I thought briefly of Julie, thousands of miles away with her mom and stepdad, me just a guy who sends a card on her birthday or, more accurately, the guy whose life got her kidnapped by a nutcase. Did I make a mistake there?

I sighed and shook my head. Don't go there Carlos, I warned myself, as I took off my shirt and walked into the bedroom. I stopped in the doorway and looked at the bed. I had a flashback to a few days ago when I had gotten home late from doing paperwork and had found Stephanie in bed, dressed only in my t-shirt and panties. I'd slept good that night, I had to admit. And I liked coming home to someone, though I'd never admit out loud, even under pain of death. I was a lone wolf, I wasn't supposed to want to come home to someone. I was Batman, saving Gotham in the dark of the night.



I liked coming home to Stephanie.

I groaned and shucked my pants. I fell onto the bed in Stephanie's so-called "thinking position". To be honest, it wasn't helping me think. My imagination was on overdrive tonight.

I imagined coming home to Stephanie every night, the light spilling onto her small frame in my big bed. I imagined her slowly waking up, blue eyes big and sleepy, hair wild on my pillow. I saw the way her hands would tighten around the sheets as I kissed her, the way she'd moan my name against my lips. Then I changed from imagining to cold hard facts: I remembered the way she had moved against me, picking up my rhythm and changing it just enough to drive me crazy. The way she had twisted underneath me, the way she had flushed pink before she shattered apart in my hands. Then I remembered the flash in her eyes when I told her to repair her relationship with Morelli. And then I imagined her with Morelli right now, kissing his face, twisting his sheets, flushing under his hands.

"Fuck," I swore softly and got off the bed. I went into the bathroom and took a cold shower. I tried to distract myself by thinking about what I had to do tomorrow. My meetings, my business, my skips. Anything but Stephanie. Missions I'd almost died on, men that hadn't returned, the things I did back when I didn't have much of conscience. It didn't work.

Stephanie Plum was haunting my thoughts. It always came back to Stephanie.

After I was clean, I padded out to my small living room. I turned the television on to some random ball game, just needing the noise in the background. It was so damn quiet in the apartment.

As I stared at the television, unseeing, I thought some more about Stephanie. I was way past the point of no return. Nights like this always ventured into a place in my brain I studiously avoided. Always after she had come close to dying, come close to leaving me. I'd been haunted by her for months after I found her in the small, cramped space at Stiva's house.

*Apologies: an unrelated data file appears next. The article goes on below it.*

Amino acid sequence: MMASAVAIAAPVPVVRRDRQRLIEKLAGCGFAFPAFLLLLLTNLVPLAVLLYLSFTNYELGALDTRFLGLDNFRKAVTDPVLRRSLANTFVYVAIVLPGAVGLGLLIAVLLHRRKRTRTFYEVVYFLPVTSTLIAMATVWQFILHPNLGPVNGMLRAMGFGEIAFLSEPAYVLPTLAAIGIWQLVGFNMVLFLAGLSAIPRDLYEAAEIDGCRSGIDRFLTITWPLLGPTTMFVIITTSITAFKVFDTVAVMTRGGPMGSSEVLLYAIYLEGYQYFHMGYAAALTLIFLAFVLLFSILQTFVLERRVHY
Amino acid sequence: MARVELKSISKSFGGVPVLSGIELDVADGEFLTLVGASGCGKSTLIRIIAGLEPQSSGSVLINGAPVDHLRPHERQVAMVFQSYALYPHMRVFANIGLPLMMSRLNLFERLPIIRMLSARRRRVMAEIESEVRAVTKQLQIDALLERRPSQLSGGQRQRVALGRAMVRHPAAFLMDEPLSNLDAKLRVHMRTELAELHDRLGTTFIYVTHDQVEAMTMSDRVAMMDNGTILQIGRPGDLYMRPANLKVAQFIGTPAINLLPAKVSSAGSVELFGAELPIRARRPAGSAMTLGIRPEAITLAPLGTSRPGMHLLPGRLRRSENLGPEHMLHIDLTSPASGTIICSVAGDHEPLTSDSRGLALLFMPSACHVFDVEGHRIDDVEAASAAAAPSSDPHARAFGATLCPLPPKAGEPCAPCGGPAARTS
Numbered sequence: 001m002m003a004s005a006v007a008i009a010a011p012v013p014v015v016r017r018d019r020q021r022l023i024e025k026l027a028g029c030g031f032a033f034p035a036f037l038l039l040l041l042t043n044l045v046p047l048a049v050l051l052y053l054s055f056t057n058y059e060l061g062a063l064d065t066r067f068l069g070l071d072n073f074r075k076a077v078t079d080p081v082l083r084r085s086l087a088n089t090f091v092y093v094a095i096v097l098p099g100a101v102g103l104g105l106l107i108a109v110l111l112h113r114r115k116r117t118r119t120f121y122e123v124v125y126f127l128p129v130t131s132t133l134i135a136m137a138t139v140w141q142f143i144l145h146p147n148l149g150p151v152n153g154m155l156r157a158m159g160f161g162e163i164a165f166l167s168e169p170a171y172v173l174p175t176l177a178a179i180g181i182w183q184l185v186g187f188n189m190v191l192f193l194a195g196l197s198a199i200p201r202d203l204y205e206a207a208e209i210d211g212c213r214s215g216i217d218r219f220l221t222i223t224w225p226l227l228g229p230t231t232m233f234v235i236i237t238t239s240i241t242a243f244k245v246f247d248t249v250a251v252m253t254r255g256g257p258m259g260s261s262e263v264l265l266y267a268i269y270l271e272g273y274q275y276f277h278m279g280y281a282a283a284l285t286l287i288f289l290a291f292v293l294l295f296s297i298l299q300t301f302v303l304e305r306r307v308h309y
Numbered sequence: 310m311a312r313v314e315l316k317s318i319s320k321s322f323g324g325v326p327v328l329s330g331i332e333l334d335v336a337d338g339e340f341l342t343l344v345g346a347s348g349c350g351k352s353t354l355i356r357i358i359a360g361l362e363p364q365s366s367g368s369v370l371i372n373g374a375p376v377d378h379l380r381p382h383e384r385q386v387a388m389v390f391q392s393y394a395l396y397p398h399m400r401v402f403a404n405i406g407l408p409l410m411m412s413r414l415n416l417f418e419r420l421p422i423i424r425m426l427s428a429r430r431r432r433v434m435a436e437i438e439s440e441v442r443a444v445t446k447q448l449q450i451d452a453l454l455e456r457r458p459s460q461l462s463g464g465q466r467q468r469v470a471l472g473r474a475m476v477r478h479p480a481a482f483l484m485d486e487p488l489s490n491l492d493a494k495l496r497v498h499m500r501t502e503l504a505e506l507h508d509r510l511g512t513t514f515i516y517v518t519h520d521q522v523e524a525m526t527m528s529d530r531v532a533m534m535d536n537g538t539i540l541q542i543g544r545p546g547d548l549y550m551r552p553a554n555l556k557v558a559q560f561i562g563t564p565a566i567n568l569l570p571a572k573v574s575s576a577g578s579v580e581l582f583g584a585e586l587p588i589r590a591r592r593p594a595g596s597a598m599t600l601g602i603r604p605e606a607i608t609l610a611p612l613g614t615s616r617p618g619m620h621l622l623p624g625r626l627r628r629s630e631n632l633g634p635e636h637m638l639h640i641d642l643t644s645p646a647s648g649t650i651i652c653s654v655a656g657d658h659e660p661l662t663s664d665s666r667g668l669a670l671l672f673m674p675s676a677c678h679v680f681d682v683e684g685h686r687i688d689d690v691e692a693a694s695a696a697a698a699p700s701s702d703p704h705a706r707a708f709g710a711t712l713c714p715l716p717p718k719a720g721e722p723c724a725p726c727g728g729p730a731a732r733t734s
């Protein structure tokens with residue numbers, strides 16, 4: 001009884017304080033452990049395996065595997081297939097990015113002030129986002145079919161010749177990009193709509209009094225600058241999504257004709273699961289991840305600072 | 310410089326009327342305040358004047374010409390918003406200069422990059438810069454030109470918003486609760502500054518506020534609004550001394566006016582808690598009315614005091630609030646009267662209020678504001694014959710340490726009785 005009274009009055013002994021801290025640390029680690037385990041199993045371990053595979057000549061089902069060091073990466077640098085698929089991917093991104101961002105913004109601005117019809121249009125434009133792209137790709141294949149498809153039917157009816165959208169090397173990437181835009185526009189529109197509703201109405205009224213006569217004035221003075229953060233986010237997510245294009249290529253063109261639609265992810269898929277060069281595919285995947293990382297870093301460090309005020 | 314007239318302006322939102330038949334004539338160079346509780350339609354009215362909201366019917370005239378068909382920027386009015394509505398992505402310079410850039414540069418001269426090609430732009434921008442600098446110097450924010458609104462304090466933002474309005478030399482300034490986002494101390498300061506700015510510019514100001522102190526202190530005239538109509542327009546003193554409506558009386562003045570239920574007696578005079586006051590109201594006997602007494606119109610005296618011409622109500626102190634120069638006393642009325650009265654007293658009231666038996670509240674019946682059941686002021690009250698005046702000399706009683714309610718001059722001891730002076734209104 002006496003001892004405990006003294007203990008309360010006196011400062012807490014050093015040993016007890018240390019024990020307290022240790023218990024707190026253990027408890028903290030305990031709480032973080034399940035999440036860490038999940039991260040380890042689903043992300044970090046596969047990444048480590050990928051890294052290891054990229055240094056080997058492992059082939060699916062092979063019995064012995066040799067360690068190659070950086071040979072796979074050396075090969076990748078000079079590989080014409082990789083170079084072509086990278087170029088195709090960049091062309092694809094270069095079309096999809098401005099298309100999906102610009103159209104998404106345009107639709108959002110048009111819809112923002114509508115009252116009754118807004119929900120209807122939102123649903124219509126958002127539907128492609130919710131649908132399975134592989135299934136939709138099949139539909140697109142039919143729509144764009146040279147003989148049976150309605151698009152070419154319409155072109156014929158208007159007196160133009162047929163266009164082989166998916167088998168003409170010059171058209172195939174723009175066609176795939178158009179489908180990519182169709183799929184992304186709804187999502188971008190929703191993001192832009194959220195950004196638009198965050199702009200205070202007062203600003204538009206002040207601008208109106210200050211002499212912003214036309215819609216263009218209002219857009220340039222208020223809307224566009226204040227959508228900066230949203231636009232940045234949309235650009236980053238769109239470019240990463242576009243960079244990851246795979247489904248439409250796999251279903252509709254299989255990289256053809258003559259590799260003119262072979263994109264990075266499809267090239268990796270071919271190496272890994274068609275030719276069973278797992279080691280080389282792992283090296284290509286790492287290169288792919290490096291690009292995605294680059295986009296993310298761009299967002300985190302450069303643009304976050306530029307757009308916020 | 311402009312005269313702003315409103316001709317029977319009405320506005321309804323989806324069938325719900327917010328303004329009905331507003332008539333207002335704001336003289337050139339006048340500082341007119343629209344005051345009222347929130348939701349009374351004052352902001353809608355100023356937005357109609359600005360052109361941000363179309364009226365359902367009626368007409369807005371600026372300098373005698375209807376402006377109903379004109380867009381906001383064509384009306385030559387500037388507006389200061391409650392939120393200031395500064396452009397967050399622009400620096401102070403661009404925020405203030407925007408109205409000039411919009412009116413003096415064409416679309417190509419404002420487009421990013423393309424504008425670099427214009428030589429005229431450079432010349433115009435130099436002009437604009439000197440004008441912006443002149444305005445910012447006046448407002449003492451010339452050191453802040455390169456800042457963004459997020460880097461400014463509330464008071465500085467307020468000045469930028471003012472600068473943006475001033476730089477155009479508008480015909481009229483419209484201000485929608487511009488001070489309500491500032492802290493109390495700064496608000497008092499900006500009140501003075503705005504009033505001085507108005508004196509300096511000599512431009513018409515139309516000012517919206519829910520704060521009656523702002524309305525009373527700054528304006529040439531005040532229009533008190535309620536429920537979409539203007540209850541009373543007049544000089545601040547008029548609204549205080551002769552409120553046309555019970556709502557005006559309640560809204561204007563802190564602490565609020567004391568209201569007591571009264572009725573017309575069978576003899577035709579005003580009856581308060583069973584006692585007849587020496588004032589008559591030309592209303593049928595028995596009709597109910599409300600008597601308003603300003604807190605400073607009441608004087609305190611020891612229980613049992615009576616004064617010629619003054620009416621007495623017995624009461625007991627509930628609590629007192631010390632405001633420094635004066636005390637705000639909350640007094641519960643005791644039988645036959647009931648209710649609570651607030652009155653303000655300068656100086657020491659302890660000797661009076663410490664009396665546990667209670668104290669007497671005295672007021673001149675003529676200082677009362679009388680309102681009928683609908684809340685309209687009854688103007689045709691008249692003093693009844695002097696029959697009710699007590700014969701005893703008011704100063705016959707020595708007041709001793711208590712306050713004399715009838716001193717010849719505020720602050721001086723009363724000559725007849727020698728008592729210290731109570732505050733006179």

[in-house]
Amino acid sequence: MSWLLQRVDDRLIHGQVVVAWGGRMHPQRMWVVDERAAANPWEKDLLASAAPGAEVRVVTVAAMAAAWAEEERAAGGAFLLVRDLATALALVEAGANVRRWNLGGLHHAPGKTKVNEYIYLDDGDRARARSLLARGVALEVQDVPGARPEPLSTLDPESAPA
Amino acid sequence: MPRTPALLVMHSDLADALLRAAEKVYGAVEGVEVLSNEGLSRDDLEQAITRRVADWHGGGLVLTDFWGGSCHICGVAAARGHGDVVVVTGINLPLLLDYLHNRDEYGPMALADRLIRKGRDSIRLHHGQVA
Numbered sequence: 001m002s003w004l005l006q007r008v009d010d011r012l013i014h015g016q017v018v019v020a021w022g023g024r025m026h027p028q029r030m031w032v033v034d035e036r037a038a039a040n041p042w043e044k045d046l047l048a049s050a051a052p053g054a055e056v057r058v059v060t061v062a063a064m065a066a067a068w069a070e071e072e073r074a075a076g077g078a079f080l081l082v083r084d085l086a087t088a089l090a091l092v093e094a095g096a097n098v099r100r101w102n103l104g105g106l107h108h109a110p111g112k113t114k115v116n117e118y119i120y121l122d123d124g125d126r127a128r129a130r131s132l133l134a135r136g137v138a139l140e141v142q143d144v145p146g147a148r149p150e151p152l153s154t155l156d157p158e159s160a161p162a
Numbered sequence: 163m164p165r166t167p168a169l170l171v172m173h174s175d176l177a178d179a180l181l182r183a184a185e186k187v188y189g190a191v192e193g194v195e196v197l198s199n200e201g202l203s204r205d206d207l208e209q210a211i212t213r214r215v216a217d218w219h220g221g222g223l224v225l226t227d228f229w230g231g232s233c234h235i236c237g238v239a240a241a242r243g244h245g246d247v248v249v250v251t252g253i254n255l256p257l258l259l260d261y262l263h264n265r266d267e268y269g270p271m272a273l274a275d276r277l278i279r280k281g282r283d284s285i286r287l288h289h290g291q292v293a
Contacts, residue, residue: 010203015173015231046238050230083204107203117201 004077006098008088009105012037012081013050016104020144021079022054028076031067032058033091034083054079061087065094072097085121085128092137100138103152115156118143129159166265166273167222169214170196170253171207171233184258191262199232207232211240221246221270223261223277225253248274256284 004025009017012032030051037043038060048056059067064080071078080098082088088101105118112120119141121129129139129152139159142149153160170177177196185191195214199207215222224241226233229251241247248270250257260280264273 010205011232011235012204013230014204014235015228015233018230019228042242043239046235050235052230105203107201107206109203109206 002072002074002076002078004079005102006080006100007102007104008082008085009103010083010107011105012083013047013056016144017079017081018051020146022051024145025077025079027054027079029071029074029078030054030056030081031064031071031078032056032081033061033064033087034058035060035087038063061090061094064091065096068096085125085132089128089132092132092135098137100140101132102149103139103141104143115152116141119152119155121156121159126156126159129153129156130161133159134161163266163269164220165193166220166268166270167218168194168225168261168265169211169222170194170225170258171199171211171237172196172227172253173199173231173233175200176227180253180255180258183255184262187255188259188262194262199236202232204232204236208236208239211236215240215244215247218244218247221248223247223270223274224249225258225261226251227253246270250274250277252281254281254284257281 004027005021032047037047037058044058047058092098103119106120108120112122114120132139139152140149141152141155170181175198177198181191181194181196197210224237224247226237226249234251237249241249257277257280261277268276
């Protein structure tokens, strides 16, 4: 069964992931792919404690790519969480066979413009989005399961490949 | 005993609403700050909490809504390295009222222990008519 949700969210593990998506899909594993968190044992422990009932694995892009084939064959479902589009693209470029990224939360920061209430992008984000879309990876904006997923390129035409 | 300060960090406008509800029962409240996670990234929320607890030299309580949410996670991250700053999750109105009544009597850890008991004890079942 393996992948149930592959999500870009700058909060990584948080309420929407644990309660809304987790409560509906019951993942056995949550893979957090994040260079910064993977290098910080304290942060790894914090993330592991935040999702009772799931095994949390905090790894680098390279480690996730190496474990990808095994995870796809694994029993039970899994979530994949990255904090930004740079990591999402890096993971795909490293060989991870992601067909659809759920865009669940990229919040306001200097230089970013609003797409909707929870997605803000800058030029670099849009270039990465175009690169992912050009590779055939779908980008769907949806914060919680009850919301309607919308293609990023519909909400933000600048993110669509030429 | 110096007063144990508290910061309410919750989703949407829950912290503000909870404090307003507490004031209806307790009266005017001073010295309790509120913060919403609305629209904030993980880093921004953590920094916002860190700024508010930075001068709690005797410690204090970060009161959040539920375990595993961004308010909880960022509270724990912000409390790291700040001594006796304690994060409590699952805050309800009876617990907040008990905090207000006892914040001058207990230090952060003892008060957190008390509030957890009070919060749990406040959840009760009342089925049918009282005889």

Sometimes, on nights like these, I pretended I could give her what she needed: unrestricted love, the option of a family, a man (husband?) who was around to support her desire to fly. Sometimes I methodically identified our problems and came up with solutions to solve them, to make my fantasies reality: allow her more emotional access. Include her on the inner workings of my day to day operations. Make her train with one of the guys, force her to be better with her gun and fitness. Occasionally, I ran conversations we could have through my head, saw myself surprising her with trips to the Caribbean, a new pair of shoes, birthday cake.

Sometimes, I even ate the cake with her.

Tonight, my thoughts kept returning to her time spent here. She's stayed with me for a few days at a time on a couple different occasions now and I always felt different after she left. Like I was just getting used to something and it got taken away from me abruptly. I'm a solitary man by nature. I don't do serious relationships, just lots and lots of flings and one night stands. Even my marriage hadn't been a serious relationship, not in the true sense of the definition. Sharing a close space with someone like Stephanie –someone not related to me by blood - was foreign to me. And yet, thinking about her toothbrush on my sink, her shampoo in my shower, her peanut butter in my kitchen made me feel mellow, not threatened.

It was slightly disconcerting to realize that I enjoyed cohabiting with Stephanie just seconds before I realized that Stephanie was off cohabiting with someone else.

It's your own fault, I told myself crossly. And it was. And the worst part was that despite all my rationalization and pretending on lonely nights, I was no closer to fixing anything now than I was immediately after sleeping with her. The entire situation might even be worse – that night was supposed to get her out of my system, once and for all, but instead, I now knew what I was missing. And what I wanted. And not a clue as to how to realistically get it.

When I finally fell asleep, it was fitful and short. For once, the quiet wasn't what I needed.